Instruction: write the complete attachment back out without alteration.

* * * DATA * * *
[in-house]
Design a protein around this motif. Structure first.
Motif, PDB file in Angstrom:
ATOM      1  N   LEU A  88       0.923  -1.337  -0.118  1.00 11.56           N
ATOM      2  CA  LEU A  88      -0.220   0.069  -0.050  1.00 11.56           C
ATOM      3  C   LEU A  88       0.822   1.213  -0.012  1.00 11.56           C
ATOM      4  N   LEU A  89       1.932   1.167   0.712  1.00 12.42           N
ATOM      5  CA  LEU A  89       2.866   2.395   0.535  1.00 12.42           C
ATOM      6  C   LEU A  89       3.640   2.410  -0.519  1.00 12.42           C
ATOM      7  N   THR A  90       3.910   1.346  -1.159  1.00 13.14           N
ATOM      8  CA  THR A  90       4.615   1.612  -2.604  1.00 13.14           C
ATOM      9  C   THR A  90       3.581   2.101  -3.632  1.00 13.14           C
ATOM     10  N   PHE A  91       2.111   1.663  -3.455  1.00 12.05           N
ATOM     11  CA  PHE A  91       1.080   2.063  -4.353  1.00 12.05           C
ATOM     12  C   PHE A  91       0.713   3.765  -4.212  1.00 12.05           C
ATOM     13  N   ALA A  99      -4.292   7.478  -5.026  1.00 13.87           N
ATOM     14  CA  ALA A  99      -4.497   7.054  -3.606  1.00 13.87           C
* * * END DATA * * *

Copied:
[in-house]
Design a protein around this motif. Structure first.
Motif, PDB file in Angstrom:
ATOM      1  N   LEU A  88       0.923  -1.337  -0.118  1.00 11.56           N
ATOM      2  CA  LEU A  88      -0.220   0.069  -0.050  1.00 11.56           C
ATOM      3  C   LEU A  88       0.822   1.213  -0.012  1.00 11.56           C
ATOM      4  N   LEU A  89       1.932   1.167   0.712  1.00 12.42           N
ATOM      5  CA  LEU A  89       2.866   2.395   0.535  1.00 12.42           C
ATOM      6  C   LEU A  89       3.640   2.410  -0.519  1.00 12.42           C
ATOM      7  N   THR A  90       3.910   1.346  -1.159  1.00 13.14           N
ATOM      8  CA  THR A  90       4.615   1.612  -2.604  1.00 13.14           C
ATOM      9  C   THR A  90       3.581   2.101  -3.632  1.00 13.14           C
ATOM     10  N   PHE A  91       2.111   1.663  -3.455  1.00 12.05           N
ATOM     11  CA  PHE A  91       1.080   2.063  -4.353  1.00 12.05           C
ATOM     12  C   PHE A  91       0.713   3.765  -4.212  1.00 12.05           C
ATOM     13  N   ALA A  99      -4.292   7.478  -5.026  1.00 13.87           N
ATOM     14  CA  ALA A  99      -4.497   7.054  -3.606  1.00 13.87           C